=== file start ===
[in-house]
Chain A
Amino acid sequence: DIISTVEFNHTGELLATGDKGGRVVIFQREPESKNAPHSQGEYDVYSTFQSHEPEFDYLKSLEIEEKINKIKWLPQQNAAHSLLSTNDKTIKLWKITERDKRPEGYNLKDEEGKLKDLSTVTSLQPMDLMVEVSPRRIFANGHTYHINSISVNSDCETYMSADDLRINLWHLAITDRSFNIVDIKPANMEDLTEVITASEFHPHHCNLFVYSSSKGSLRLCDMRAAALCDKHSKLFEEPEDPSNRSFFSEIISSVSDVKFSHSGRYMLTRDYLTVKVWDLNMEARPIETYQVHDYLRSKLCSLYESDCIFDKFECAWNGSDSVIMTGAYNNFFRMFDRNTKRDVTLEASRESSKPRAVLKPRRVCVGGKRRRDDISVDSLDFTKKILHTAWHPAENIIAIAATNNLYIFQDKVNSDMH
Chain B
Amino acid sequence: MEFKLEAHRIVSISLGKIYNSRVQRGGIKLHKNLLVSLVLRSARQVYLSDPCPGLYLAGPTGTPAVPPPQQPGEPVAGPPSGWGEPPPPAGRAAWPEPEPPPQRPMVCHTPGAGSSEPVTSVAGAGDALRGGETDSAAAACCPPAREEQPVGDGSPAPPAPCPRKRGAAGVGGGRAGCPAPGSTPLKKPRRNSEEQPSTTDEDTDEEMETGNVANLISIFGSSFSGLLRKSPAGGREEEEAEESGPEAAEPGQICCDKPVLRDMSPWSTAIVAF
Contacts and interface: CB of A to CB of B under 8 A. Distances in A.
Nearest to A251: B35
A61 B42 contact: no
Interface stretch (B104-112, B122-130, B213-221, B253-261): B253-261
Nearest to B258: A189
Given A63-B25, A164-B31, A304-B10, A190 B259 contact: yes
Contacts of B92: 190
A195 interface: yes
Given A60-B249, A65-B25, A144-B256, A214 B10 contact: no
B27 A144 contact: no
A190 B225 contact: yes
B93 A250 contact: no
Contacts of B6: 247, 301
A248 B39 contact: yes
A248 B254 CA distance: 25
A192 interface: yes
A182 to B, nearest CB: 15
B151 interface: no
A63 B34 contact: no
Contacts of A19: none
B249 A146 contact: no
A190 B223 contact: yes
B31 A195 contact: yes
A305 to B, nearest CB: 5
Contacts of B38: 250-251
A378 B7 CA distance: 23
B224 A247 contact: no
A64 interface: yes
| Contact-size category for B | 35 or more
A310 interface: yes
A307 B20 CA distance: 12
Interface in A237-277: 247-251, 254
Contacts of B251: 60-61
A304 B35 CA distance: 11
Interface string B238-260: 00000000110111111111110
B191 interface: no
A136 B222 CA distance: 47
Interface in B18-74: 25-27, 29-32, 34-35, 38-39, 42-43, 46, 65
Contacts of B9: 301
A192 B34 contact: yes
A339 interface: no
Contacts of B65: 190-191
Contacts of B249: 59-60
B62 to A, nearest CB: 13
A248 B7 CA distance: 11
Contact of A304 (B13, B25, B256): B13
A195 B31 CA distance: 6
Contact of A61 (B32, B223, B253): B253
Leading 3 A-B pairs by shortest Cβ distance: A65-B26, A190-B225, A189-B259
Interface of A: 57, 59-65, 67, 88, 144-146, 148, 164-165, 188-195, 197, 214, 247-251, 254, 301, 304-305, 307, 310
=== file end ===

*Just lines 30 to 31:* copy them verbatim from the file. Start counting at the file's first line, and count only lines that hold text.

Contacts of B38: 250-251
A378 B7 CA distance: 23